Reference > Brewer’s Dictionary > Wig.

 WifeWig (A). 
E. Cobham Brewer 1810–1897. Dictionary of Phrase and Fable. 1898.
A variation of the French perruque, Latin pilucca, our periwig cut short. In the middle of the eighteenth century we meet with thirty or forty different names for wigs: as the artichoke, bag, barrister’s, bishop’s, brush, bush [buzz], buckle, busby, chain, chancellor’s, corded wolf’s paw, Count Saxe’s mode, the crutch, the cut bob, the detached buckle, the Dalmahoy (a bob-wig worn by tradesmen), the drop, the Dutch, the full, the half-natural, the Jansenist bob, the judge’s, the ladder, the long bob, the Louis, the periwig, the pigeon’s wing, the rhinoceros, the rose, the scratch, the she-dragon, the small back, the spinach seed, the staircase, the Welsh, and the wild boar’s back.   1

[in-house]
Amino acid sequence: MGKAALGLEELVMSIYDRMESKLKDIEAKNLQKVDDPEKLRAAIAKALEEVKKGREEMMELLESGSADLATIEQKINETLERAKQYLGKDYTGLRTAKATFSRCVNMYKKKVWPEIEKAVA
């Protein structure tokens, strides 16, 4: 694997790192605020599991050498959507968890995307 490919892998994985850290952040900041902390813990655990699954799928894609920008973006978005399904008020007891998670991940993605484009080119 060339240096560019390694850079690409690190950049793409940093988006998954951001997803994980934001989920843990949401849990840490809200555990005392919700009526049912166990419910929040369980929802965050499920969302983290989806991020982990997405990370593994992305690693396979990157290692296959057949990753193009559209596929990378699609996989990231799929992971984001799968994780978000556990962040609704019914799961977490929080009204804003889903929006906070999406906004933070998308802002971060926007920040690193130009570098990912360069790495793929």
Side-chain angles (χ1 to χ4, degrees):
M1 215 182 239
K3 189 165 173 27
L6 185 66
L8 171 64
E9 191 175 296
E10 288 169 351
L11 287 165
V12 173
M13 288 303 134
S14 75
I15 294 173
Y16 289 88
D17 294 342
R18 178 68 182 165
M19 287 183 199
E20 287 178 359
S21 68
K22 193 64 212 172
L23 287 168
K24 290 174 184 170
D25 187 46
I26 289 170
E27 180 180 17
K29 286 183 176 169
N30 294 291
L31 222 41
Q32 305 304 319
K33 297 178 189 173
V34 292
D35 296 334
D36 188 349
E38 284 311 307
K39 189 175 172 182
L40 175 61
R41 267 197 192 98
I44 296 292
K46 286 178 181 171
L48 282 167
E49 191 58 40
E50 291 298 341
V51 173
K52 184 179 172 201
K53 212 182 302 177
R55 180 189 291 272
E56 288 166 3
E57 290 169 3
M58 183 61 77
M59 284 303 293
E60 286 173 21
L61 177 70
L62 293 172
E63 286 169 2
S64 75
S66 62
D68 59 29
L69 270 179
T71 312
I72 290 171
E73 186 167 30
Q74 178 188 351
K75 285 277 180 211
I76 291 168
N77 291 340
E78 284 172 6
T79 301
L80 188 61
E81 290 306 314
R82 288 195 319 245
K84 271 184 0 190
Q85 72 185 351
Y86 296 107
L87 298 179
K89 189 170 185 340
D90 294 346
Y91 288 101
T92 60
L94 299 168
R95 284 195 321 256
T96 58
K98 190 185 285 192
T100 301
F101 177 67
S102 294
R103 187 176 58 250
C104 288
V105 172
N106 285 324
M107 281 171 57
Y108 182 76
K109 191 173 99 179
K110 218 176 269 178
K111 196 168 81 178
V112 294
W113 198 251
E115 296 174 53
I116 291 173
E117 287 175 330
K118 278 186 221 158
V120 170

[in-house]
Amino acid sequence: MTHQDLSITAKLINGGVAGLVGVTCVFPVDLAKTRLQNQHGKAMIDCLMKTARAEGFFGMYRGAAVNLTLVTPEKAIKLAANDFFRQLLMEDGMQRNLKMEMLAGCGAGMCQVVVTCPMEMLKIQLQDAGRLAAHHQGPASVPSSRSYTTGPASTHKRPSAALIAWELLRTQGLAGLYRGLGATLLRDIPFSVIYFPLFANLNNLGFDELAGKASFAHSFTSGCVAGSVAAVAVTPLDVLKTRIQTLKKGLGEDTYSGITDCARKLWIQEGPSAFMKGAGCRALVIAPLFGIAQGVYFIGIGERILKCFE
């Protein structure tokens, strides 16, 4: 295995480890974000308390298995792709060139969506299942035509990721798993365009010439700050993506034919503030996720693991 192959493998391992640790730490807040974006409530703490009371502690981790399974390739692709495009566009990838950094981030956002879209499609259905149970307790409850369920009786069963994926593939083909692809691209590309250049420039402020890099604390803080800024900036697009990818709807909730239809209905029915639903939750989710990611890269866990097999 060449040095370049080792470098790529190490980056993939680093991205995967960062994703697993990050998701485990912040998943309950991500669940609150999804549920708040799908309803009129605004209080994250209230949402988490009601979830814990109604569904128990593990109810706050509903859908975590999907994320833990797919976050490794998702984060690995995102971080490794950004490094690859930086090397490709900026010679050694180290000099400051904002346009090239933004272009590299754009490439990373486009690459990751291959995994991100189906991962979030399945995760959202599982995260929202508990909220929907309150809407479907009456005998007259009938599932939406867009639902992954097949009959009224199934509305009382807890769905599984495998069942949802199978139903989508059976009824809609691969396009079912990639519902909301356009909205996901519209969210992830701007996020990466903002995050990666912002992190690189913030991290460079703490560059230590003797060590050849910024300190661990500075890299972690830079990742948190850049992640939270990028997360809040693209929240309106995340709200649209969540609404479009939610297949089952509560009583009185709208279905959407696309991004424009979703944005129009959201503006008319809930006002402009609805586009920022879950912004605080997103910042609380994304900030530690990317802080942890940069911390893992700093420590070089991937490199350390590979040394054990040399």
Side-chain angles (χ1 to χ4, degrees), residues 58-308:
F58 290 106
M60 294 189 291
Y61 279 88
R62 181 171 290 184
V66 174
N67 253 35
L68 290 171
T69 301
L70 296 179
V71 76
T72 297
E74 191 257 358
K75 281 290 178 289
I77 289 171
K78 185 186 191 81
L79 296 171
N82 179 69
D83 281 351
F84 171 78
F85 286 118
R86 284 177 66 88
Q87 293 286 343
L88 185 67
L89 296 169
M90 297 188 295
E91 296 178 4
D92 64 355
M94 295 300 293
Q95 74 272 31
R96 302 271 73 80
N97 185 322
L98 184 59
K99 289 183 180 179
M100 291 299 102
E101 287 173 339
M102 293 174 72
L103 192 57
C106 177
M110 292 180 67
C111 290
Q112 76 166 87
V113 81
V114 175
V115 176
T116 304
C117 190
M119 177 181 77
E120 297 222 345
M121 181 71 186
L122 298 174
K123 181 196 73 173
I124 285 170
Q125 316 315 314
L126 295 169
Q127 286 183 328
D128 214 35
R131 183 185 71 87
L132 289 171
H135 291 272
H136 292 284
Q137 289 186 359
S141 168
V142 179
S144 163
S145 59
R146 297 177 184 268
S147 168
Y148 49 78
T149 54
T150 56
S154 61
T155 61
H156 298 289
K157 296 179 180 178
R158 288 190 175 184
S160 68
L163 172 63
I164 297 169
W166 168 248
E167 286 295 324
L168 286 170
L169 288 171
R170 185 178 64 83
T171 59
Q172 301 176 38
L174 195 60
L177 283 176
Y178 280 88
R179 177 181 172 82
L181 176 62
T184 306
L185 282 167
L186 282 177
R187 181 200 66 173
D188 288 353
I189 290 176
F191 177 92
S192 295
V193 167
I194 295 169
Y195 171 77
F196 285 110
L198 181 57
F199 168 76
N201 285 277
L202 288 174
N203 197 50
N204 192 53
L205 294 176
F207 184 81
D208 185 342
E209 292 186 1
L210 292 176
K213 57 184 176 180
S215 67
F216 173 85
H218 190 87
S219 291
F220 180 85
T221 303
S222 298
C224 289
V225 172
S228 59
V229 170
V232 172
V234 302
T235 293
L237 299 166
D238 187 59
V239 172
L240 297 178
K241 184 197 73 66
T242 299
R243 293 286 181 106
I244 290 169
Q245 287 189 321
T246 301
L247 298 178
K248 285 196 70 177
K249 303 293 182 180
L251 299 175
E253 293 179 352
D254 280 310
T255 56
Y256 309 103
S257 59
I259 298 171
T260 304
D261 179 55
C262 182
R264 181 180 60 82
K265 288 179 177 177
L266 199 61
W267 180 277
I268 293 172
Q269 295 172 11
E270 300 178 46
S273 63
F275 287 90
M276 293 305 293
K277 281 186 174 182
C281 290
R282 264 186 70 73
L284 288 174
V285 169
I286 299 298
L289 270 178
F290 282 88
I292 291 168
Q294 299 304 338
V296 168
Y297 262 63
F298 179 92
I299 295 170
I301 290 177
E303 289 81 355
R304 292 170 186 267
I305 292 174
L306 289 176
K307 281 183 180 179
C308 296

A bigwig. A magnate. Louis XIV. had long flowing hair, and the courtiers, out of compliment to the young king, wore perukes. When Louis grew older he adopted the wig, which very soon encumbered the head and shoulders of the aristocracy of England and France, Lord Chancellors, judges, and barristers still wear big wigs. Bishops used to wear them in the House of Lords till 1880.   2
        “An ye fa’ over the clough, there will be but ae wig left in the parish, and that’s the minister’s.”—Sir Walter Scott: The Antiquary.
   Make wigs. A perruquier, who fancied himself “married to immortal verse,” sent his epic to Voltaire, asking him to examine it and give his “candid opinion” of its merits. The witty patriarch of Ferney simply wrote on the MS. “Make wigs, make wigs, make wigs,” and returned it to the barber-poet. (See SUTOR, Stick to the cow.)   3

 WifeWig (A). 


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